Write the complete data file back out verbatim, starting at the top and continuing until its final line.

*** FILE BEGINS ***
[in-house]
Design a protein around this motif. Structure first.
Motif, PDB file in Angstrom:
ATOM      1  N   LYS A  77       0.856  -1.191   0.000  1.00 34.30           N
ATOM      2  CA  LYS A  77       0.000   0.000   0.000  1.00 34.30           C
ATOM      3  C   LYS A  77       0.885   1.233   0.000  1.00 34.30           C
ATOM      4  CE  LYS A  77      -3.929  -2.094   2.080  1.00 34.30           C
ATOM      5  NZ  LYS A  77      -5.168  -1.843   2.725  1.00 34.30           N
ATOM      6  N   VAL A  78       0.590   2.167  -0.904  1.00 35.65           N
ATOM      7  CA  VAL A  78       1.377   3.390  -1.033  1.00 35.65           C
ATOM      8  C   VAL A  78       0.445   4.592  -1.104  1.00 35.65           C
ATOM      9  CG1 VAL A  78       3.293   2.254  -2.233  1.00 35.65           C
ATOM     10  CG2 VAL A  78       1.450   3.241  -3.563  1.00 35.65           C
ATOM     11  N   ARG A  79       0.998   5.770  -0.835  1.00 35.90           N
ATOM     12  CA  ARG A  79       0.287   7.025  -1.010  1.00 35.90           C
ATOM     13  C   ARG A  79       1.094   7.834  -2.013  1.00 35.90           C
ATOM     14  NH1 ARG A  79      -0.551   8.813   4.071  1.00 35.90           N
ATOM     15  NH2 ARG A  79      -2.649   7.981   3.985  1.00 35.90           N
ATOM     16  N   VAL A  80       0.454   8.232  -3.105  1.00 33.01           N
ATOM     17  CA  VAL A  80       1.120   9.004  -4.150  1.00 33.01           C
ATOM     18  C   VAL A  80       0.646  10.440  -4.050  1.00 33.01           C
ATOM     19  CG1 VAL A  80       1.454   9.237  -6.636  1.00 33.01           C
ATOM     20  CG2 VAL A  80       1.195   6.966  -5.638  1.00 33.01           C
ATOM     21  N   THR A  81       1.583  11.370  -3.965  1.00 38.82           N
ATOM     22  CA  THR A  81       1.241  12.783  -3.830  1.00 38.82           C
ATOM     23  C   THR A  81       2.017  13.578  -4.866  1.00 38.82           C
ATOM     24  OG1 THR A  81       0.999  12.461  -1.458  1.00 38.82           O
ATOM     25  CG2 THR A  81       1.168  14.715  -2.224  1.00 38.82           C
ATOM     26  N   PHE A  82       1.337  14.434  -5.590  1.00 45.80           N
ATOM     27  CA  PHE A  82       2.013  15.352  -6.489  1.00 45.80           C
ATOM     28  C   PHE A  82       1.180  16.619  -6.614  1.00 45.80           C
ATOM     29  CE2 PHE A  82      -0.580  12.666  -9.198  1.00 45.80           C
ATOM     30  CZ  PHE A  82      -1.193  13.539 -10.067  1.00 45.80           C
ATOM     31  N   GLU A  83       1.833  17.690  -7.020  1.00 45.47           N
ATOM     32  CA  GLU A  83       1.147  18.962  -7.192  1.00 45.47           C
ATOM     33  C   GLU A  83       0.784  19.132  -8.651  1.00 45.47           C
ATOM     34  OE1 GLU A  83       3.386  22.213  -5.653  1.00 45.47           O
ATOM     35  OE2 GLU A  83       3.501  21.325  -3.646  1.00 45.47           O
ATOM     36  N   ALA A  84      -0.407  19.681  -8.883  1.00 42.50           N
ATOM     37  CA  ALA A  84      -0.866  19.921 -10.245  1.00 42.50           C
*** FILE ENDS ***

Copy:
[in-house]
Design a protein around this motif. Structure first.
Motif, PDB file in Angstrom:
ATOM      1  N   LYS A  77       0.856  -1.191   0.000  1.00 34.30           N
ATOM      2  CA  LYS A  77       0.000   0.000   0.000  1.00 34.30           C
ATOM      3  C   LYS A  77       0.885   1.233   0.000  1.00 34.30           C
ATOM      4  CE  LYS A  77      -3.929  -2.094   2.080  1.00 34.30           C
ATOM      5  NZ  LYS A  77      -5.168  -1.843   2.725  1.00 34.30           N
ATOM      6  N   VAL A  78       0.590   2.167  -0.904  1.00 35.65           N
ATOM      7  CA  VAL A  78       1.377   3.390  -1.033  1.00 35.65           C
ATOM      8  C   VAL A  78       0.445   4.592  -1.104  1.00 35.65           C
ATOM      9  CG1 VAL A  78       3.293   2.254  -2.233  1.00 35.65           C
ATOM     10  CG2 VAL A  78       1.450   3.241  -3.563  1.00 35.65           C
ATOM     11  N   ARG A  79       0.998   5.770  -0.835  1.00 35.90           N
ATOM     12  CA  ARG A  79       0.287   7.025  -1.010  1.00 35.90           C
ATOM     13  C   ARG A  79       1.094   7.834  -2.013  1.00 35.90           C
ATOM     14  NH1 ARG A  79      -0.551   8.813   4.071  1.00 35.90           N
ATOM     15  NH2 ARG A  79      -2.649   7.981   3.985  1.00 35.90           N
ATOM     16  N   VAL A  80       0.454   8.232  -3.105  1.00 33.01           N
ATOM     17  CA  VAL A  80       1.120   9.004  -4.150  1.00 33.01           C
ATOM     18  C   VAL A  80       0.646  10.440  -4.050  1.00 33.01           C
ATOM     19  CG1 VAL A  80       1.454   9.237  -6.636  1.00 33.01           C
ATOM     20  CG2 VAL A  80       1.195   6.966  -5.638  1.00 33.01           C
ATOM     21  N   THR A  81       1.583  11.370  -3.965  1.00 38.82           N
ATOM     22  CA  THR A  81       1.241  12.783  -3.830  1.00 38.82           C
ATOM     23  C   THR A  81       2.017  13.578  -4.866  1.00 38.82           C
ATOM     24  OG1 THR A  81       0.999  12.461  -1.458  1.00 38.82           O
ATOM     25  CG2 THR A  81       1.168  14.715  -2.224  1.00 38.82           C
ATOM     26  N   PHE A  82       1.337  14.434  -5.590  1.00 45.80           N
ATOM     27  CA  PHE A  82       2.013  15.352  -6.489  1.00 45.80           C
ATOM     28  C   PHE A  82       1.180  16.619  -6.614  1.00 45.80           C
ATOM     29  CE2 PHE A  82      -0.580  12.666  -9.198  1.00 45.80           C
ATOM     30  CZ  PHE A  82      -1.193  13.539 -10.067  1.00 45.80           C
ATOM     31  N   GLU A  83       1.833  17.690  -7.020  1.00 45.47           N
ATOM     32  CA  GLU A  83       1.147  18.962  -7.192  1.00 45.47           C
ATOM     33  C   GLU A  83       0.784  19.132  -8.651  1.00 45.47           C
ATOM     34  OE1 GLU A  83       3.386  22.213  -5.653  1.00 45.47           O
ATOM     35  OE2 GLU A  83       3.501  21.325  -3.646  1.00 45.47           O
ATOM     36  N   ALA A  84      -0.407  19.681  -8.883  1.00 42.50           N
ATOM     37  CA  ALA A  84      -0.866  19.921 -10.245  1.00 42.50           C